This product basically is a form of heat-treated white iron. However, the malleable cast iron is treated to become ferritic rather than allowing the formation of cementite (formed by rapid cooling). Malleable primarily is used in pipe fittings, connectors for fencing, and similar applications. It is readily machinable and threading results are excellent.

This material is weldable with careful welding procedures and the proper welding materials. The welding material should be NiCrFeMn-CI when performing repair welds or welding malleable cast iron to malleable cast iron. The joining of this material to low-carbon steel is more difficult (Figure 3). The difference in ductility creates a problem, especially when the use of preheat is prohibitive, such as on equipment already in place with parts that cannot be subjected to heat.

We recently attempted to weld a threaded malleable cast iron fitting to a very thick piece of low-carbon steel without preheating. The reason for omitting preheating was that the weld had to be made on a nearly completed piece of equipment. We also used a welding wire that had only 2 percent nickel. As you can see in Figure 3, the weld was beautiful, but the end result was not. Had we used preheat and the proper welding material, we probably would have had no problem, but that wouldn't have been a new experience! Our welders love to laugh at old man Smith!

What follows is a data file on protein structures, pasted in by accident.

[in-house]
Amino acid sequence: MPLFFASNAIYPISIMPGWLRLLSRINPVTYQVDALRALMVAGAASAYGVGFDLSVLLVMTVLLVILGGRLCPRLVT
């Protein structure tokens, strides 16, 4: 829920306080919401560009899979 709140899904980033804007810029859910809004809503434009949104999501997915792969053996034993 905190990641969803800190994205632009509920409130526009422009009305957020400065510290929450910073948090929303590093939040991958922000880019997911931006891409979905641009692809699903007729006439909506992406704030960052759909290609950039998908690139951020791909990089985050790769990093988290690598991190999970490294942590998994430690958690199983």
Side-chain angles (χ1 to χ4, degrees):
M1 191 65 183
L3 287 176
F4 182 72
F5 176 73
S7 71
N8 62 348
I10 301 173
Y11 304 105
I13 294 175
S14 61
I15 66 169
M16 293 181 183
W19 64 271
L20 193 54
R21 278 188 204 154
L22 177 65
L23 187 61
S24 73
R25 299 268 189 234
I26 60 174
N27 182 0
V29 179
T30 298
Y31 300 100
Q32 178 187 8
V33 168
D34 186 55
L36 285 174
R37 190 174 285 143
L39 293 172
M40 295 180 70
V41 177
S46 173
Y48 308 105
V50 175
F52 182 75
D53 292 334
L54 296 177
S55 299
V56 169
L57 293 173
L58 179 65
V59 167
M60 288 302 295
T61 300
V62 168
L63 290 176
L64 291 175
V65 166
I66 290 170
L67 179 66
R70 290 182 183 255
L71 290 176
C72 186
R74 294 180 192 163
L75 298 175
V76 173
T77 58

Nodular/Ductile Cast Iron

Nodular cast iron often is referred to as ductileiron because of its higher ductility than other cast irons. This material is produced at a lower cost than many of the other cast irons, in part because it requires a shorter heat-treating cycle. In most cases, it costs less than carbon steel.

Nodular cast iron is readily machinable and may be welded with nearly all the common welding processes. Buildup can be successfully performed on this material with automatic and semiautomatic equipment. Among the most common work that our company performs with this method is the restoration of bores in coal mining equipment for bearing fits. The NiFeMn-CI welding materials may be used. Although some experts say that no preheat is required, we prefer to be on the safe side and apply some preheat.

We have only one of our old-time foundrymen left, and he is going to retire in 2010. He can look at a casting and determine whether it is good or bad by the mold marks and the heads. Very few of these people left.

Professor R. Carlisle

Professor R. Carlisle "Carl" Smith

Weld Inspection & Consulting
PO Box 841
St. Albans, WV 25177
Phone: 304-549-5606